17. Good info here for those who don't know. http://www.sgcarmart.com/news/writeup.php?AID=286&PN=1
  18. I know there are lots of threads about malaysia etc. Have read comments by @enye, @dleodleo and many others in desaru and other threads. Maybe can get specific comments for stuff to do for kids in MY. Planning a 4 (maybe 5 day road trip) in June to Kidzania KL. Driving in daytime and need for regular toilet breaks for the kids will take quite a while to get to KL. Day 1 - drive up to Petaling Jaya area Day 2 - kidzania Day 3 - Farm in the City and ? drive down to Malacca to stay one night (The long drive is quite sapping for me, so i prefer to make the return trip to SG a shorter one) Day 4 - nuah and return to SG If i stay a day 5, what to do around the area? Going up Genting is an option but probably seems a bit short to go up just for 1 day... District 21 seems good, but maybe my 4 year old son can't enjoy much. 10 best things to do in KL with kids. http://www.kuala-lumpur.ws/magazine/10-things-kids.htm
  19. totally should read MAHATHIR want to manufact supercars instead of msia... ISTANBUL — Malaysian Prime Minister Tun Dr Mahathir Mohamad has pictured the possibility of Malaysia producing "super cars" in order to further enhance the capability of the nation’s automotive industry. Dr Mahathir said Turkish supercar producer Onuk had indicated willingness to cooperate with Malaysia to produce the exotic vehicle. Dr Mahathir said he had long been aware of Turkish companies’ capability but only now he could see it first-hand. “I was aware of their capability. But there was no follow-up at the time as I was not the prime minister then, so making progress would have been difficult. “And now they are ready to collaborate... not only with that type of car (super car) but also with other cars,’’ he said . Dr Mahathir was speaking to Malaysian reporters at the end of his official visit to Turkey at the Istanbul Sabiha Gokcen International Airport (ISGIA) on Sunday (July 28). The Onuk Sazan and Onuk S56/G super car models areexhibited at ISGIA and Dr Mahathir took the opportunity to check them out before he left for home. On Friday, Dr Mahathir had a dialogue session with Turkish captains of industry, and offered them Malaysian expertise to produce their own national car based on the success garnered by Proton and Perodua. Meanwhile, Dr Mahathir praised Malaysia Airports Holdings Bhd's (MAHB) success in managing (ISGIA) Turkey’s second largest airport — showing Malaysian companies’ capabilities as well as their ability to expand their operations abroad. He said that although MAHB operates airports in several other countries, ISGIA — which the company wholly owns — is the largest, handling 34 million passengers annually. “It’s much larger than KLIA (Kuala lumpur International Airport), and its management is something special. There are people who recognise our capability in this field and give us a lot of opportunities," said Dr Mahathir. On Friday, Dr Mahathir visited ISGIA, which was taken over entirely by MAHB in 2014, and witnessed its operations. Opened in January 2001, the airport is the second busiest in Turkey and the world’s busiest single-runway airport and terminal. Located some 45 km from Istanbul, it recorded 16.7 million passenger traffic movements as of June this year over first half of 2019, up 3.4 per cent over the same period last yeaar. In 2018, it posted 34.1 million passenger traffic movements and revenue of RM1.15 billion (S$382 million). NEW STRAITS TIMES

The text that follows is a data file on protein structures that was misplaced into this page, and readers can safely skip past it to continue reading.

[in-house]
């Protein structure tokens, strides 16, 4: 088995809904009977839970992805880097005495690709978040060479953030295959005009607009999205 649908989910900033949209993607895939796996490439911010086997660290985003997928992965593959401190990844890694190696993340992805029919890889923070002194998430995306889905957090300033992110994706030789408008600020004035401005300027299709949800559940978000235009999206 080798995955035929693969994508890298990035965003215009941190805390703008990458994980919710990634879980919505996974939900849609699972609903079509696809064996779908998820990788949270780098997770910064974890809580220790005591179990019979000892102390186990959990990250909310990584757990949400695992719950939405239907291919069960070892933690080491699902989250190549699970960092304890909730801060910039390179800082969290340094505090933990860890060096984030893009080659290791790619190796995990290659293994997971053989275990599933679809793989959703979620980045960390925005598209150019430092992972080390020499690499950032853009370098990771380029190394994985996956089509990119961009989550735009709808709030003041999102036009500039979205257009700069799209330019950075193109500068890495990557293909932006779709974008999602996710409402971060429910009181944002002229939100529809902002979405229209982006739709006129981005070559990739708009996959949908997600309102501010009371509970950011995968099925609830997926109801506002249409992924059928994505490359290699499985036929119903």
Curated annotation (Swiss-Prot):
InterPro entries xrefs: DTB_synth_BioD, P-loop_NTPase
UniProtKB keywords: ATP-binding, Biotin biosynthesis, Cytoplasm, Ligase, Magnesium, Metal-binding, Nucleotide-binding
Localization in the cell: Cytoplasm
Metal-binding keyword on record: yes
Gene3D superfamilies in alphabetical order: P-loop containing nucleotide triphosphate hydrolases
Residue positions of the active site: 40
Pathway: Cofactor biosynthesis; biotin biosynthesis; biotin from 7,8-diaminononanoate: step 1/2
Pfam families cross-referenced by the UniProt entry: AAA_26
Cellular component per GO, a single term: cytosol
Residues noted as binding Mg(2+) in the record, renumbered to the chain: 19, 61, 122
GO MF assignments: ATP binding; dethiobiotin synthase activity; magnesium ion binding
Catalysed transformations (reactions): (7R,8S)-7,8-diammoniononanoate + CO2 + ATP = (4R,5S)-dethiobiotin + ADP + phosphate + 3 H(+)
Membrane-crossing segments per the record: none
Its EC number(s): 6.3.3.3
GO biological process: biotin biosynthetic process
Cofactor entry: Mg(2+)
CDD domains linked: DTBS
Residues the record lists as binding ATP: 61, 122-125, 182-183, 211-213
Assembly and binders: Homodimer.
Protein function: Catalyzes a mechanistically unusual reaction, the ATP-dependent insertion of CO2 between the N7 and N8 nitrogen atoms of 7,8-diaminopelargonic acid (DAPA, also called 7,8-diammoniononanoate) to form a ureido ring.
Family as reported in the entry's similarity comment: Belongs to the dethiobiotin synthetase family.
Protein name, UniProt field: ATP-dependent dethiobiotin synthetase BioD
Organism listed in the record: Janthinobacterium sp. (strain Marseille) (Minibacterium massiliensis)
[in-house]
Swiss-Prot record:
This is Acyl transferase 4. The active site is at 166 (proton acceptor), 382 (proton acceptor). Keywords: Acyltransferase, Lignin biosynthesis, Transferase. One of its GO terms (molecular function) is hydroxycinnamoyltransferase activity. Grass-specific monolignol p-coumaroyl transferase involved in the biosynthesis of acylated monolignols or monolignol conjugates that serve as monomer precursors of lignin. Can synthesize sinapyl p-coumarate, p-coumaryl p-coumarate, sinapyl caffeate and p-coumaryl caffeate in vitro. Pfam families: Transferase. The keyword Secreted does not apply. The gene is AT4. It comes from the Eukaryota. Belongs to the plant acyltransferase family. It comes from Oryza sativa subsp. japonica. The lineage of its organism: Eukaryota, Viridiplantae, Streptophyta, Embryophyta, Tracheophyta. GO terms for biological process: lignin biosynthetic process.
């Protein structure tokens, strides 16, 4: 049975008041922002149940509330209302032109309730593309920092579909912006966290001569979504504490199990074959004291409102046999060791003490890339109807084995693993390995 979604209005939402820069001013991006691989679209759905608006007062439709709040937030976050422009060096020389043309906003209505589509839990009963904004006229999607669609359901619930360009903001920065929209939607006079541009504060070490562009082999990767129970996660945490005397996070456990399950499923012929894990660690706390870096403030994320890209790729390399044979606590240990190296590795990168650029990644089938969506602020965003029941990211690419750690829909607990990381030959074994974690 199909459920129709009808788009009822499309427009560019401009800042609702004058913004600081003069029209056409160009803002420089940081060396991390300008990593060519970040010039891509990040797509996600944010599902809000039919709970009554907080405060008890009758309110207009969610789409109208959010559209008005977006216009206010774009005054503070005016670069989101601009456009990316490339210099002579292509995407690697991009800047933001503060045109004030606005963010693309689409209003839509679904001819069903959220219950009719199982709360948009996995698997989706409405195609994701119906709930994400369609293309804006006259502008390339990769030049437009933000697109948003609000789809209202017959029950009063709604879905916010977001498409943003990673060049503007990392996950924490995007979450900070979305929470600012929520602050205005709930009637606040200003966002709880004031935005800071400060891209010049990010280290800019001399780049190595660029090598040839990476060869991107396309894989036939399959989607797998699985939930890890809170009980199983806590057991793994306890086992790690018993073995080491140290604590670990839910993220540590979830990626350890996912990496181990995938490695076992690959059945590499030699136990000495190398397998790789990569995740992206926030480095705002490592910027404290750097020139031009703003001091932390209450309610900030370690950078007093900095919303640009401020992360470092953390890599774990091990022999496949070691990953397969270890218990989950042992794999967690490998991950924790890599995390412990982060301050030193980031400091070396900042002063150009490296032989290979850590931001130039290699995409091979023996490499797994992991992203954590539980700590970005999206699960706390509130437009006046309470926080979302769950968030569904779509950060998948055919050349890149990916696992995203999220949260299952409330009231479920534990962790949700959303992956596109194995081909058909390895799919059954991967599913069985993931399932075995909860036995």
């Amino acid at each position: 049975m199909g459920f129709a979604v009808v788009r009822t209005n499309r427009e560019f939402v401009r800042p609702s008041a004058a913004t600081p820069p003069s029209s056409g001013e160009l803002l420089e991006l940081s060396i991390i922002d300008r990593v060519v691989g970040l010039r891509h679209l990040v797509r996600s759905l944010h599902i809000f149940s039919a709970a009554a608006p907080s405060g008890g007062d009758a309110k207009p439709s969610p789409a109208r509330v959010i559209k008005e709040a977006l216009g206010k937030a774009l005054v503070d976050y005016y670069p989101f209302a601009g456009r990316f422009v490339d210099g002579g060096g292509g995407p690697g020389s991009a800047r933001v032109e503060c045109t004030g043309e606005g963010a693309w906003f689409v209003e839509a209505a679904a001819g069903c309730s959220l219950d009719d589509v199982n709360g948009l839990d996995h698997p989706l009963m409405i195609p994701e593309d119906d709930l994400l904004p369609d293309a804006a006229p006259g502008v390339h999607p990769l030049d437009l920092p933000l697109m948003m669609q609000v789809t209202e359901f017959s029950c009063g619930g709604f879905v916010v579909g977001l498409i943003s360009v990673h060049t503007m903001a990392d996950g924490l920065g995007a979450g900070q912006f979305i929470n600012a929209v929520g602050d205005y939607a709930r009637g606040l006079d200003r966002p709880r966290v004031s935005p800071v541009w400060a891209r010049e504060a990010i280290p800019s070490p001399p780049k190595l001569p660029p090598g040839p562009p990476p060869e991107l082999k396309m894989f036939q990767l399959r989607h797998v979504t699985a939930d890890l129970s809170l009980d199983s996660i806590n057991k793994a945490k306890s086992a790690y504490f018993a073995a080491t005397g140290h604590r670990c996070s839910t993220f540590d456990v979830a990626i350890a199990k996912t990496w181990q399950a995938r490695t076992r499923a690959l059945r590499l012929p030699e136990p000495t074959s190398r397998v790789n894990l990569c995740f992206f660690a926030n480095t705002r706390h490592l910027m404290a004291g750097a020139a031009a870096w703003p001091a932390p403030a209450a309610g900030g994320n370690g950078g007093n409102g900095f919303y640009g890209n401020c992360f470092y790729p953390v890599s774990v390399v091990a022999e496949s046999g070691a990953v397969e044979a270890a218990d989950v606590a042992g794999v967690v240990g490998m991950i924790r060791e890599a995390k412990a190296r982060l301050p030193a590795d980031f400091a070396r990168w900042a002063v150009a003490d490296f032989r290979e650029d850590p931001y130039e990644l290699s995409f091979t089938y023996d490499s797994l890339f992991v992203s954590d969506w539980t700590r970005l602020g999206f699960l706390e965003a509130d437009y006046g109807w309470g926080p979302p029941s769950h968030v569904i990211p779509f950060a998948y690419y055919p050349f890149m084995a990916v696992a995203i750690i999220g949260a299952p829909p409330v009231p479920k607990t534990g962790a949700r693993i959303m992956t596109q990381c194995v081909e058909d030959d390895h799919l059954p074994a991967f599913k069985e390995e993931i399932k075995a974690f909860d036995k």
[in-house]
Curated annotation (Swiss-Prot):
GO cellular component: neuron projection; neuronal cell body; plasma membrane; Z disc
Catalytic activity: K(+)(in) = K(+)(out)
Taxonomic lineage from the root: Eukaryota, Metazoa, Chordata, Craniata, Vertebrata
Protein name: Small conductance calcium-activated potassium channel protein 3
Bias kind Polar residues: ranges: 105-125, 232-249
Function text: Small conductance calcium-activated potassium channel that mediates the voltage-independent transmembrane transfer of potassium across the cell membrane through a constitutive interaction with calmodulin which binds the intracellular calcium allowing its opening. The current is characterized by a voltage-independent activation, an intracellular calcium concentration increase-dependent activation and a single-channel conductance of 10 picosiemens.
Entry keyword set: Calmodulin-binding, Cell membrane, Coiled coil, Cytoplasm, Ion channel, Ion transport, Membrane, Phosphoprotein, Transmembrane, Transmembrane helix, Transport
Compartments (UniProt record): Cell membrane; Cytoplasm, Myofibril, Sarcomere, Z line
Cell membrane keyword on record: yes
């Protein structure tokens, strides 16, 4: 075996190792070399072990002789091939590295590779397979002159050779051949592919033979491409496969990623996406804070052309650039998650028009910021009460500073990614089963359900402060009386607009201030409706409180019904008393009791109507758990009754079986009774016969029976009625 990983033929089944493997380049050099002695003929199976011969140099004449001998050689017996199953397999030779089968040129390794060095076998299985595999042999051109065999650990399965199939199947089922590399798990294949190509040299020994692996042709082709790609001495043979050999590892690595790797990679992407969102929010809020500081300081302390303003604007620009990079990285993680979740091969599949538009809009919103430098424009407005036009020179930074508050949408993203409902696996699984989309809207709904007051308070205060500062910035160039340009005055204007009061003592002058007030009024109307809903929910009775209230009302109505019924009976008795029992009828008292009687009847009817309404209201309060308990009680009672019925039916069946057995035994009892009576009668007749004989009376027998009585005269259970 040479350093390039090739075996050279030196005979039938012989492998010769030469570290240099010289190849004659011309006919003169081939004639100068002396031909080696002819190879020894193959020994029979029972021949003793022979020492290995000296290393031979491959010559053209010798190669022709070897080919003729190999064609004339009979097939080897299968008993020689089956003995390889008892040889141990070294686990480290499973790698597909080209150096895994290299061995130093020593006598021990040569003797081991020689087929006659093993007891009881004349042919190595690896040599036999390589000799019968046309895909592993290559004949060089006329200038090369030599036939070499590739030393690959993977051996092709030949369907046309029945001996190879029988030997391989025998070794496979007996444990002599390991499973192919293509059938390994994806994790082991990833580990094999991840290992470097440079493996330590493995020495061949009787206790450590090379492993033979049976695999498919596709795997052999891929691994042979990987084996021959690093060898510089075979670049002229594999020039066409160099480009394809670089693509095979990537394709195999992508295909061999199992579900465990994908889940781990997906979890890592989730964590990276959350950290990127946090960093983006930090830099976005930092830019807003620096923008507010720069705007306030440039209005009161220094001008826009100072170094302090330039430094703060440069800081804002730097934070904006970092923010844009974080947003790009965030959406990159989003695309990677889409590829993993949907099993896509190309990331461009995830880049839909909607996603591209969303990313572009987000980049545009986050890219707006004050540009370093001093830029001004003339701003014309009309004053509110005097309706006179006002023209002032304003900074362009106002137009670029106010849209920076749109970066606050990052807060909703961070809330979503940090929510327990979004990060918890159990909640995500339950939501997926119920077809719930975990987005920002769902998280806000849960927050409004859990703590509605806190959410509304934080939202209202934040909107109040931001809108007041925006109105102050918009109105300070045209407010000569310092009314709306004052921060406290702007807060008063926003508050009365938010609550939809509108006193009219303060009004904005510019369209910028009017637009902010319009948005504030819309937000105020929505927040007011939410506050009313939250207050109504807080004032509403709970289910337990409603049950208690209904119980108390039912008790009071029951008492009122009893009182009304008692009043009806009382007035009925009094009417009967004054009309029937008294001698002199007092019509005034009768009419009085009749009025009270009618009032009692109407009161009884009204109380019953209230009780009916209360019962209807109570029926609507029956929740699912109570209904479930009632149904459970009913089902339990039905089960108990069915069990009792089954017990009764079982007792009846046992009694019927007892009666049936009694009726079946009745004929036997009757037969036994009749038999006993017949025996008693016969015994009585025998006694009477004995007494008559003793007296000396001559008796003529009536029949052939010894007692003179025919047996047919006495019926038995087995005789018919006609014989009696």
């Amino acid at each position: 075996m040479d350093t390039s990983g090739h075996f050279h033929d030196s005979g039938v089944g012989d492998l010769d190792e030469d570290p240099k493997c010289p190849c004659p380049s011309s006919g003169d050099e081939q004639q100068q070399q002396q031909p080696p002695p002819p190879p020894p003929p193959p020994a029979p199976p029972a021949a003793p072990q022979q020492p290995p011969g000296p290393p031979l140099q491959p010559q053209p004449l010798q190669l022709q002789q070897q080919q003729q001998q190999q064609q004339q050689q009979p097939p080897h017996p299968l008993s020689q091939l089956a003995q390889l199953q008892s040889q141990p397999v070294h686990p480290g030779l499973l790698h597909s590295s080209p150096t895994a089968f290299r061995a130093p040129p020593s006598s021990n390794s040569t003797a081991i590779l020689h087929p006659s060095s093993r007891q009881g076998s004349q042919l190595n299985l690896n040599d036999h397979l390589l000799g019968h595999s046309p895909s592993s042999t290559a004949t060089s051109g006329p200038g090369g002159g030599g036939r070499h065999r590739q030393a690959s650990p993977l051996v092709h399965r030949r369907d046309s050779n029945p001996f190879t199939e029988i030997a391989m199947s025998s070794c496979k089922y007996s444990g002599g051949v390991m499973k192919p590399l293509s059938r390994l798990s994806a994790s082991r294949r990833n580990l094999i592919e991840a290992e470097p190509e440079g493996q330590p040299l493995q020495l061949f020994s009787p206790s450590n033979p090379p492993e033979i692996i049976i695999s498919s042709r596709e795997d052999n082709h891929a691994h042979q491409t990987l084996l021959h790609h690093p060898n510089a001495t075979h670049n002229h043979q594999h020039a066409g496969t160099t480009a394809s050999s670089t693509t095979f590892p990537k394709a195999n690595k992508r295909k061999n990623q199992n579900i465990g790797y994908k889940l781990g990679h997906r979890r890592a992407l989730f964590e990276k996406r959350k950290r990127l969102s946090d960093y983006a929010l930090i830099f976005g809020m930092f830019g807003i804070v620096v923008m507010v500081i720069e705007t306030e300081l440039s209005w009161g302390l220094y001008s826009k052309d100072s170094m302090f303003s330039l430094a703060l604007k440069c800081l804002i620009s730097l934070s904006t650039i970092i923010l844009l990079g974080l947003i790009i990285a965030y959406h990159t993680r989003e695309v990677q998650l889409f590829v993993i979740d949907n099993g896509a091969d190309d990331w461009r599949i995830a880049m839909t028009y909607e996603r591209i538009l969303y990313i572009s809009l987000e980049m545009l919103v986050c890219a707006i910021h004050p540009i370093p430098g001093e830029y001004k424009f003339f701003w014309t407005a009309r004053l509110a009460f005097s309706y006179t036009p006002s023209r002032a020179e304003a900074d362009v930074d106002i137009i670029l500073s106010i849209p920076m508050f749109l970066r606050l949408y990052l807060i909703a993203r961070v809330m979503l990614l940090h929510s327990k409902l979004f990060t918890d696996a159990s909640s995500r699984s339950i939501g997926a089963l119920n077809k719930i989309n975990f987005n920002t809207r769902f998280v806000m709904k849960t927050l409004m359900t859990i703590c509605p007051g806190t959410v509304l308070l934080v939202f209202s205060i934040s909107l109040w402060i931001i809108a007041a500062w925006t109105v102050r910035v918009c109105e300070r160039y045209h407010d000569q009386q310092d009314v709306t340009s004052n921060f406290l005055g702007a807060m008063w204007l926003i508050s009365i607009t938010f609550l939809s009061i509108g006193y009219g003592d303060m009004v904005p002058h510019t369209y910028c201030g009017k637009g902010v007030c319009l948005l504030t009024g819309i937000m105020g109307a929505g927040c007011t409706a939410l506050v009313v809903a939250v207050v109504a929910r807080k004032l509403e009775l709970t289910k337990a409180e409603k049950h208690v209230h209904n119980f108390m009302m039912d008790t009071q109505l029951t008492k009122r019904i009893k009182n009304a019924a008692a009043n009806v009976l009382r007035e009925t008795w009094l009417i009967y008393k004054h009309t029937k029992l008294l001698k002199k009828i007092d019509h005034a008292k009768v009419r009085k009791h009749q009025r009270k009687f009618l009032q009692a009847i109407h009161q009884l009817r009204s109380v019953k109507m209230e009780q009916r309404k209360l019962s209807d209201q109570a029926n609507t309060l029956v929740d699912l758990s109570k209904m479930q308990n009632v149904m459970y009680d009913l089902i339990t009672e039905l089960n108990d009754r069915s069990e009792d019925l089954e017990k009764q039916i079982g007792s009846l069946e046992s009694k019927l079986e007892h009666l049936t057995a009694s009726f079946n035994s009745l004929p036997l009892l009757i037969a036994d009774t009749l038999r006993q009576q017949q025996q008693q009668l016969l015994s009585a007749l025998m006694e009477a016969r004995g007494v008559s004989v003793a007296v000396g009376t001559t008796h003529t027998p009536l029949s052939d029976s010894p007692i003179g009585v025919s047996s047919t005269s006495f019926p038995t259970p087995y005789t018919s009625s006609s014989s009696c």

20. Hi all I am thinking of buying a used car but before that, i need to check whereabout in the Internet or Phone can i know whether any Malaysia traffic offense for this Singapore Car. Do anyone know? Thanks!